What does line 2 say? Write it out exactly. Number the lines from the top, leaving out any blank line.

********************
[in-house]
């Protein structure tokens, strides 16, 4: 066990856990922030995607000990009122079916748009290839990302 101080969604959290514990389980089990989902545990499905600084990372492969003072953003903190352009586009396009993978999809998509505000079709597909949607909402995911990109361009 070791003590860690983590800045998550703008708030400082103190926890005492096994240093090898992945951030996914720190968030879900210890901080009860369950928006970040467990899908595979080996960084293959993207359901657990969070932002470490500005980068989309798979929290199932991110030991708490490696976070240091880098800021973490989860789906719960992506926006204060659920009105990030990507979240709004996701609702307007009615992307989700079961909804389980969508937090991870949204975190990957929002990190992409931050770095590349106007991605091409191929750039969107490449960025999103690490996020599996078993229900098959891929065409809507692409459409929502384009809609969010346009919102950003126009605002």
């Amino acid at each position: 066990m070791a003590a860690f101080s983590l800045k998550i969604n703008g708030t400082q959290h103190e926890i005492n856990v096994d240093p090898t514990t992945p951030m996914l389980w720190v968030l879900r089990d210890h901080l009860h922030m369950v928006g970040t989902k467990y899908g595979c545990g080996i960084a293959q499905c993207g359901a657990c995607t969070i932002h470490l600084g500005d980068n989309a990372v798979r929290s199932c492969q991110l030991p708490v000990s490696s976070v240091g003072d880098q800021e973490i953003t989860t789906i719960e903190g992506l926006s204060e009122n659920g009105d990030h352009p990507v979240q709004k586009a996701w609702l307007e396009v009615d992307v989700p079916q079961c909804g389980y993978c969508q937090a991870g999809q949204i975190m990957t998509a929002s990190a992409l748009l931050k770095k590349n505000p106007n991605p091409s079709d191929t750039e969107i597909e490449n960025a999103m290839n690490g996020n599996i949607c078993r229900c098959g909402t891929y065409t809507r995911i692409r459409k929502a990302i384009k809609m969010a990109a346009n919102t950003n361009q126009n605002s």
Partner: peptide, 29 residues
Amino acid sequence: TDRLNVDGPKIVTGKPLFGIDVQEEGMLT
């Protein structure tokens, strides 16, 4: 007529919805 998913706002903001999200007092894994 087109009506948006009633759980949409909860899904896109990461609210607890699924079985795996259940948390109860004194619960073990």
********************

């Protein structure tokens, strides 16, 4: 066990856990922030995607000990009122079916748009290839990302 101080969604959290514990389980089990989902545990499905600084990372492969003072953003903190352009586009396009993978999809998509505000079709597909949607909402995911990109361009 070791003590860690983590800045998550703008708030400082103190926890005492096994240093090898992945951030996914720190968030879900210890901080009860369950928006970040467990899908595979080996960084293959993207359901657990969070932002470490500005980068989309798979929290199932991110030991708490490696976070240091880098800021973490989860789906719960992506926006204060659920009105990030990507979240709004996701609702307007009615992307989700079961909804389980969508937090991870949204975190990957929002990190992409931050770095590349106007991605091409191929750039969107490449960025999103690490996020599996078993229900098959891929065409809507692409459409929502384009809609969010346009919102950003126009605002």